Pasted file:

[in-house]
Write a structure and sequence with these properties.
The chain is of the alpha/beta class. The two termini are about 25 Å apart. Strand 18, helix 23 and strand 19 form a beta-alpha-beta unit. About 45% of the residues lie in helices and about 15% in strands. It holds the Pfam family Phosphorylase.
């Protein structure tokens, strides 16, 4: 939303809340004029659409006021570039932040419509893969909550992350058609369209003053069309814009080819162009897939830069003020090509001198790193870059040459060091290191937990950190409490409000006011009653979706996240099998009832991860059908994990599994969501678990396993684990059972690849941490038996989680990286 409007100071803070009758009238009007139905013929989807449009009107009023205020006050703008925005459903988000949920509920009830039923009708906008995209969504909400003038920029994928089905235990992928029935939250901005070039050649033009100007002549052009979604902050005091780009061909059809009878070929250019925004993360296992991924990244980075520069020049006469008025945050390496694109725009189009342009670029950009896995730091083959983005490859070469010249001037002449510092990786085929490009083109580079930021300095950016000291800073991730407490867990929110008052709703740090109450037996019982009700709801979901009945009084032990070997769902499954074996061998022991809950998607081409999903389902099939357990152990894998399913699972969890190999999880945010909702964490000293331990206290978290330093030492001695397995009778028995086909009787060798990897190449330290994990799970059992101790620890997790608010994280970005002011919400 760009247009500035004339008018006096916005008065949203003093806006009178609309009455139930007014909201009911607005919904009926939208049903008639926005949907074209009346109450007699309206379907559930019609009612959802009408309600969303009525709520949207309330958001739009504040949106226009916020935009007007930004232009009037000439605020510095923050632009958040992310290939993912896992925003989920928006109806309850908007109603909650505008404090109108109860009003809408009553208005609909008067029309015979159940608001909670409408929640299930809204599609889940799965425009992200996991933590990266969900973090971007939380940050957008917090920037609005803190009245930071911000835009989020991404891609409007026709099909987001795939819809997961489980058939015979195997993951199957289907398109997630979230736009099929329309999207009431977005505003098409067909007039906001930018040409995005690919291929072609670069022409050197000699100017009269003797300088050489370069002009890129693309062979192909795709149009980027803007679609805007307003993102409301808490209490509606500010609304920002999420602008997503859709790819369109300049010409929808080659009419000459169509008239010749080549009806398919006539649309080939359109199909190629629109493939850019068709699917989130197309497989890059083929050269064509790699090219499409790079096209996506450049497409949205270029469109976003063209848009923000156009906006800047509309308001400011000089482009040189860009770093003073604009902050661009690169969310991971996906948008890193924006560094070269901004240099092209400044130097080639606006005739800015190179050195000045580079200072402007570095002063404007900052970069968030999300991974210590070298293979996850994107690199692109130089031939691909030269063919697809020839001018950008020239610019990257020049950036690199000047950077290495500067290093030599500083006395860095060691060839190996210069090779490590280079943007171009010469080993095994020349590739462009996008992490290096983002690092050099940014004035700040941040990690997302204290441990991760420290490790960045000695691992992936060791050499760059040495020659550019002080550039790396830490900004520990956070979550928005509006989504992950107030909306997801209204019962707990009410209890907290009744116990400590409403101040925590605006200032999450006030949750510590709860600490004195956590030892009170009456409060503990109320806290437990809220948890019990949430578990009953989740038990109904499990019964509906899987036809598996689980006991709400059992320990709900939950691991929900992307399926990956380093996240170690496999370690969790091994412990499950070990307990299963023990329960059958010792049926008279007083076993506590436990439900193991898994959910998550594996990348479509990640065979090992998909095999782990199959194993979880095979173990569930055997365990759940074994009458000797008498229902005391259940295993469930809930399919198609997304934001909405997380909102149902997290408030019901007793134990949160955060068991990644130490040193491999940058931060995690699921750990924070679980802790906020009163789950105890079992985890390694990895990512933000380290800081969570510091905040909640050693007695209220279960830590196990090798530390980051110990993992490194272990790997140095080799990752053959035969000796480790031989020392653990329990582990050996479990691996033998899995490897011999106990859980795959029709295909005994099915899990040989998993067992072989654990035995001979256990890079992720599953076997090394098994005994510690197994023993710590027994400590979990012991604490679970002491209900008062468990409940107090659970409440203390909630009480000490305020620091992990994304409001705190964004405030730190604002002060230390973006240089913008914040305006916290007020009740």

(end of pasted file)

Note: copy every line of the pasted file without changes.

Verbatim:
[in-house]
Write a structure and sequence with these properties.
The chain is of the alpha/beta class. The two termini are about 25 Å apart. Strand 18, helix 23 and strand 19 form a beta-alpha-beta unit. About 45% of the residues lie in helices and about 15% in strands. It holds the Pfam family Phosphorylase.
């Protein structure tokens, strides 16, 4: 939303809340004029659409006021570039932040419509893969909550992350058609369209003053069309814009080819162009897939830069003020090509001198790193870059040459060091290191937990950190409490409000006011009653979706996240099998009832991860059908994990599994969501678990396993684990059972690849941490038996989680990286 409007100071803070009758009238009007139905013929989807449009009107009023205020006050703008925005459903988000949920509920009830039923009708906008995209969504909400003038920029994928089905235990992928029935939250901005070039050649033009100007002549052009979604902050005091780009061909059809009878070929250019925004993360296992991924990244980075520069020049006469008025945050390496694109725009189009342009670029950009896995730091083959983005490859070469010249001037002449510092990786085929490009083109580079930021300095950016000291800073991730407490867990929110008052709703740090109450037996019982009700709801979901009945009084032990070997769902499954074996061998022991809950998607081409999903389902099939357990152990894998399913699972969890190999999880945010909702964490000293331990206290978290330093030492001695397995009778028995086909009787060798990897190449330290994990799970059992101790620890997790608010994280970005002011919400 760009247009500035004339008018006096916005008065949203003093806006009178609309009455139930007014909201009911607005919904009926939208049903008639926005949907074209009346109450007699309206379907559930019609009612959802009408309600969303009525709520949207309330958001739009504040949106226009916020935009007007930004232009009037000439605020510095923050632009958040992310290939993912896992925003989920928006109806309850908007109603909650505008404090109108109860009003809408009553208005609909008067029309015979159940608001909670409408929640299930809204599609889940799965425009992200996991933590990266969900973090971007939380940050957008917090920037609005803190009245930071911000835009989020991404891609409007026709099909987001795939819809997961489980058939015979195997993951199957289907398109997630979230736009099929329309999207009431977005505003098409067909007039906001930018040409995005690919291929072609670069022409050197000699100017009269003797300088050489370069002009890129693309062979192909795709149009980027803007679609805007307003993102409301808490209490509606500010609304920002999420602008997503859709790819369109300049010409929808080659009419000459169509008239010749080549009806398919006539649309080939359109199909190629629109493939850019068709699917989130197309497989890059083929050269064509790699090219499409790079096209996506450049497409949205270029469109976003063209848009923000156009906006800047509309308001400011000089482009040189860009770093003073604009902050661009690169969310991971996906948008890193924006560094070269901004240099092209400044130097080639606006005739800015190179050195000045580079200072402007570095002063404007900052970069968030999300991974210590070298293979996850994107690199692109130089031939691909030269063919697809020839001018950008020239610019990257020049950036690199000047950077290495500067290093030599500083006395860095060691060839190996210069090779490590280079943007171009010469080993095994020349590739462009996008992490290096983002690092050099940014004035700040941040990690997302204290441990991760420290490790960045000695691992992936060791050499760059040495020659550019002080550039790396830490900004520990956070979550928005509006989504992950107030909306997801209204019962707990009410209890907290009744116990400590409403101040925590605006200032999450006030949750510590709860600490004195956590030892009170009456409060503990109320806290437990809220948890019990949430578990009953989740038990109904499990019964509906899987036809598996689980006991709400059992320990709900939950691991929900992307399926990956380093996240170690496999370690969790091994412990499950070990307990299963023990329960059958010792049926008279007083076993506590436990439900193991898994959910998550594996990348479509990640065979090992998909095999782990199959194993979880095979173990569930055997365990759940074994009458000797008498229902005391259940295993469930809930399919198609997304934001909405997380909102149902997290408030019901007793134990949160955060068991990644130490040193491999940058931060995690699921750990924070679980802790906020009163789950105890079992985890390694990895990512933000380290800081969570510091905040909640050693007695209220279960830590196990090798530390980051110990993992490194272990790997140095080799990752053959035969000796480790031989020392653990329990582990050996479990691996033998899995490897011999106990859980795959029709295909005994099915899990040989998993067992072989654990035995001979256990890079992720599953076997090394098994005994510690197994023993710590027994400590979990012991604490679970002491209900008062468990409940107090659970409440203390909630009480000490305020620091992990994304409001705190964004405030730190604002002060230390973006240089913008914040305006916290007020009740």